Lateral epicondylitis is the medical term for tennis elbow, which is a condition that can even affect people who have never played tennis. Below, we discuss what you need to know about tennis elbow – what it is, its symptoms, and how best to treat it.
Repetitive Strain Injury of the Elbow
Tennis elbow is a repetitive strain injury (RSI) that results from ongoing, repetitive tasks and movements. These movements typically involve:
- Forceful exertions
- Mechanical compression
- Awkward or sustained positions
Other common RSIs include golfer’s elbow and carpal tunnel syndrome. In the case of tennis elbow, the tendon fibers that attach to the bone outside the elbow begin to deteriorate.
When the tendons don’t stretch as easily as they used to, they can become susceptible to traumatic stress and degeneration. The affected area usually is the extensor carpi radialis brevis – the muscles in the forearm – which undergo strain with repeated backhand and forearm strokes.
Symptoms of Tennis Elbow
Tennis elbow usually feels like severe burning pain and tenderness at the outer side of the elbow and/or forearm. As with most RSIs, the pain starts gradually; often there is not one specific moment where the injury occurs or begins to be noticed, as it would with a dislocated elbow.
Pressure applied to the outside elbow may cause the pain to worsen. Some people may experience stiffness in the morning and aching throughout the day.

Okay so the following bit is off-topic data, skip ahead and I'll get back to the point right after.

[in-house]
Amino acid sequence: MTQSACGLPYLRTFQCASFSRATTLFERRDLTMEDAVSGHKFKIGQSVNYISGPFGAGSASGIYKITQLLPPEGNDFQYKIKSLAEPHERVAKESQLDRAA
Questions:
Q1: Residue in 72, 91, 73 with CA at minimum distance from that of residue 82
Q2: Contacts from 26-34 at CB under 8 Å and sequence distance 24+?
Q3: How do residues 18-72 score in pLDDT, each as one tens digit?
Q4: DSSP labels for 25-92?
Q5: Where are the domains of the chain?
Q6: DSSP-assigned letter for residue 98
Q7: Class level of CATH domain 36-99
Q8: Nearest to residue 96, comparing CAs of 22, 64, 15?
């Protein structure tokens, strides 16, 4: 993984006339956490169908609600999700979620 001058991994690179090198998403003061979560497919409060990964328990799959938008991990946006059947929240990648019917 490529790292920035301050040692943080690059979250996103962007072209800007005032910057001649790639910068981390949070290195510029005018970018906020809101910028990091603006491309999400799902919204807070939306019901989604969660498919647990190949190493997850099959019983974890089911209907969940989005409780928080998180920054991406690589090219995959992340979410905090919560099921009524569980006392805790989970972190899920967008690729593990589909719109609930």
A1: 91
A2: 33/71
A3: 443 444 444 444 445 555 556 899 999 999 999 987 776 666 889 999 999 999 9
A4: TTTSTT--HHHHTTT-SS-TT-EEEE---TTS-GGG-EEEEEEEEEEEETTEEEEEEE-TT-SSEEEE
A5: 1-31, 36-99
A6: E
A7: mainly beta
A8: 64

You eventually may not be able to perform certain motions, or even be able to move your arm at all. That is why medical attention is so important early on.
How Is Tennis Elbow Diagnosed?
Experiencing the above symptoms, especially if you are a tennis player or perform similar repetitive tasks (either at your job or during any pastime), will likely lead you to an orthopedist. The physician will take down your health history in order to rule out arthritis or any sort of strain or sprain, and the doctor will request an X-ray of the area.
Because a tendon is affected, the doctor may also recommend an MRI scan. If the diagnosis comes back positive, your doctor will work with you to develop a treatment plan.
Treating Tennis Elbow
There are a number of ways to treat tennis elbow, and surgery is usually not necessary. You actually may be able to prevent your symptoms from getting worse by working on your technique with an experienced tennis coach or fitness trainer, or by reviewing video of yourself to analyze incorrect movements.
If your tennis elbow is work-related, talk to an occupational health specialist for tips on how to reduce risk of further injury. For example, you may be able to fix the problem by creating an ergonomic workspace or by making adaptations or modifications. You also may seek out a physical therapist for natural treatment.
Elbow Doctors in Maryland
Tennis elbow can be prevented by listening to your body and focusing on proper movement and technique. If you do feel you have or are developing tennis elbow, you may want to visit a medical professional who specializes in elbow conditions.
In Maryland, those specialists can be found at Greater Chesapeake Hand to Shoulder. With multiple locations across the state for your convenience, our board-certified experts are ready to give you the best treatment available.
Call our main office today (410) 296-6232 or request an appointment online at one of our locations in the Greater Chesapeake area. We look forward to helping you get back to the lifestyle you love.